'Ale'a learning to adjust to star status
By Wayne Harada
Advertiser Entertainment Editor
'Ale'a, whose name means "sweet-voiced" in Hawaiian, is sweet on success. But the group is still adjusting to how fans respond to its music and its name.
"Some people like what we do, others don't in the sense that they prefer us to play contemporary music," said group leader Kale Hannahs, 23. "We focus on the traditional, and somehow, this has helped us. It's been a fun ride so far, and it's amazing how many doors have opened for us."
For a group not adhering to Island rhythms or Jawaiian, 'Ale'a, indeed, is somewhat of a rarity. It is one of the handful of Hawaiian acts performing in the ho'ike tomorrow (the program continues Sunday) at the Honolulu Academy of Arts.
The group won last year's Battle for the Bash, earning a chance to record a CD with Poki Records and the opportunity to appear with the Makaha Sons in this year's annual Makaha Bash, which will be held May 27 at the Waikiki Shell. "The fact that the guys were doing traditional Hawaiian music is what excited me," said record producer Lea Uehara.
The group's debut CD, "Take Me Home," also has been the surprise of this year's Na Hoku Hanohano Awards, set for May 29 at the Sheraton Waikiki's Hawai'i Ballroom. 'Ale'a picked up the most nominations, six, including Album of the Year, Island Contemporary Album, Most Promising Artist of the Year and Group of the Year.
"We've really been lucky," Hannahs said. "Winning the bash, doing the album and all; and just being nominated for the Hoku awards was a thrill."
While in the studio, Hannahs said he discovered that the group wasn't really ready for that career move "so we chugged around a bit."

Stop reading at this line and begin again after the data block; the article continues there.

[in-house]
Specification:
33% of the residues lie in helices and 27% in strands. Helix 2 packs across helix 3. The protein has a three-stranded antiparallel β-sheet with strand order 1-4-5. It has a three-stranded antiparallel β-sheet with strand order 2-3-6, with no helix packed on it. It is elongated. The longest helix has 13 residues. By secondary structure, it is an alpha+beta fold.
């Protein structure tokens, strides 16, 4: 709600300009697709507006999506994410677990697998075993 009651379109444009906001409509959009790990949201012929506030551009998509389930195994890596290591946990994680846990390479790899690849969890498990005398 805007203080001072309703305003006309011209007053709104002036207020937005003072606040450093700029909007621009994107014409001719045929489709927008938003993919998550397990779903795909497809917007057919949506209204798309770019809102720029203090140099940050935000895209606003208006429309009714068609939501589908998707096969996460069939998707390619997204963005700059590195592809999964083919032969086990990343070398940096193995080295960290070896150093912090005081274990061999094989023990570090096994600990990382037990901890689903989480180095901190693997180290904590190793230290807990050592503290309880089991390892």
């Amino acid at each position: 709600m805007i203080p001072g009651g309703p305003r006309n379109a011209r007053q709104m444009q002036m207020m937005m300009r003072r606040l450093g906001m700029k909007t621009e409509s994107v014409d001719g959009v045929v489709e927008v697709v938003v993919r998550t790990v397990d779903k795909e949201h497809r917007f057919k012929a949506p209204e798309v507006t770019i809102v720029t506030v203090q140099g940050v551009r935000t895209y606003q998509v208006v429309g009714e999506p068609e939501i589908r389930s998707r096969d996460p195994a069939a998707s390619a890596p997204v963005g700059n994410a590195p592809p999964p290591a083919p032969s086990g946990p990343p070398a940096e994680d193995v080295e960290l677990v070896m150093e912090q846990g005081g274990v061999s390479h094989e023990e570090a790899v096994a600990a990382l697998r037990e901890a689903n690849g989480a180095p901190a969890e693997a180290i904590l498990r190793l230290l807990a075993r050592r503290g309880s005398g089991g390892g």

Consequently, while Uehara, anticipating some success in the upcoming Hoku evening, wants the act to gear up for a follow-up disc, Hannahs and his buddies Kala'i Stern, Ryan Gonzo Gonzalez and Chad Takatsugi want to take a little more time to be better prepared for the session. "We don't want to waste valuable studio time," he said.
Hannahs said his sister, Lihau, came up with the group's name. "The fun story is that she looked in the Hawaiian dictionary under the A's and came up with the name," he said. "But she looked under sweet harmony and sweet-sounding, and 'ale'a meant sweet-voiced, so that's what we picked. It was a night before a gig, when we were desperately looking for a short name. And 'Ale'a stuck."
The name also has brought on a round of mispronunciations so far. "We're sometimes called 'Alia and even 'Aiea," Hannahs said.
Music is a part-time proposition for now. Hannahs works at Design Systems, installing computer networking and home theaters. Stern, 27, is a University of Hawai'i student who works part-time at Kamehameha; Gonzalez, 23, has a home business and works part time in the light booth at the Outrigger Waikiki's Main Showroom; Takatsugi, 24, also is a UH student.
'Ale'a earlier won the 1998 Ka Himeni Ana competition, in which it performed without amplification in the old Hawaiian style. Its gentle, layered Island sound is reminiscent of a younger Makaha Sons, with the harmonic posture of Ho'okena.
"Winning a contest is nice, and the other three in our group will be going to the Hoku evening for the first time (Hannahs has attended once)," he said. "If we don't win, no big deal. We try again."